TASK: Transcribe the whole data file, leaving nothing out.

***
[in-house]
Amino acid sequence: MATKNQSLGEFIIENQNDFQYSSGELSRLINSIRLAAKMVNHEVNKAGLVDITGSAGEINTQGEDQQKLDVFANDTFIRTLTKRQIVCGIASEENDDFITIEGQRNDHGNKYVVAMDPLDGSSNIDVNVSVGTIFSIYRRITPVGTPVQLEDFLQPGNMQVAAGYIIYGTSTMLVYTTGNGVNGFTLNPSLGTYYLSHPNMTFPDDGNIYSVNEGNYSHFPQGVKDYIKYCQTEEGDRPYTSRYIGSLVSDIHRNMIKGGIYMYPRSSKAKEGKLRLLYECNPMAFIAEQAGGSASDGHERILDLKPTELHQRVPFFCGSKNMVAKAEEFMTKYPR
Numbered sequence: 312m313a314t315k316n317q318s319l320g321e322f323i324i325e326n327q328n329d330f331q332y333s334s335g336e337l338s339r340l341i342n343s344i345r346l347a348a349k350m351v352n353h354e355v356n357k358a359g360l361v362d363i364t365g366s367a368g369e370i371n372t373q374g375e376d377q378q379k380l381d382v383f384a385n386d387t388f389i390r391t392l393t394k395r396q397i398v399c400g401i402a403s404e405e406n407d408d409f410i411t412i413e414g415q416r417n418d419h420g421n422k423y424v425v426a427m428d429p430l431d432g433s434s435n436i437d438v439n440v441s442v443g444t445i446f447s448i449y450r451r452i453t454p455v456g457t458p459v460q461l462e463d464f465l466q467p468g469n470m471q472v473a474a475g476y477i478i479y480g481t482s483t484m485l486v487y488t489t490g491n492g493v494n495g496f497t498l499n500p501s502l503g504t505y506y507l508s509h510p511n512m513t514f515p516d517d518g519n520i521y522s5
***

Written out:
[in-house]
Amino acid sequence: MATKNQSLGEFIIENQNDFQYSSGELSRLINSIRLAAKMVNHEVNKAGLVDITGSAGEINTQGEDQQKLDVFANDTFIRTLTKRQIVCGIASEENDDFITIEGQRNDHGNKYVVAMDPLDGSSNIDVNVSVGTIFSIYRRITPVGTPVQLEDFLQPGNMQVAAGYIIYGTSTMLVYTTGNGVNGFTLNPSLGTYYLSHPNMTFPDDGNIYSVNEGNYSHFPQGVKDYIKYCQTEEGDRPYTSRYIGSLVSDIHRNMIKGGIYMYPRSSKAKEGKLRLLYECNPMAFIAEQAGGSASDGHERILDLKPTELHQRVPFFCGSKNMVAKAEEFMTKYPR
Numbered sequence: 312m313a314t315k316n317q318s319l320g321e322f323i324i325e326n327q328n329d330f331q332y333s334s335g336e337l338s339r340l341i342n343s344i345r346l347a348a349k350m351v352n353h354e355v356n357k358a359g360l361v362d363i364t365g366s367a368g369e370i371n372t373q374g375e376d377q378q379k380l381d382v383f384a385n386d387t388f389i390r391t392l393t394k395r396q397i398v399c400g401i402a403s404e405e406n407d408d409f410i411t412i413e414g415q416r417n418d419h420g421n422k423y424v425v426a427m428d429p430l431d432g433s434s435n436i437d438v439n440v441s442v443g444t445i446f447s448i449y450r451r452i453t454p455v456g457t458p459v460q461l462e463d464f465l466q467p468g469n470m471q472v473a474a475g476y477i478i479y480g481t482s483t484m485l486v487y488t489t490g491n492g493v494n495g496f497t498l499n500p501s502l503g504t505y506y507l508s509h510p511n512m513t514f515p516d517d518g519n520i521y522s5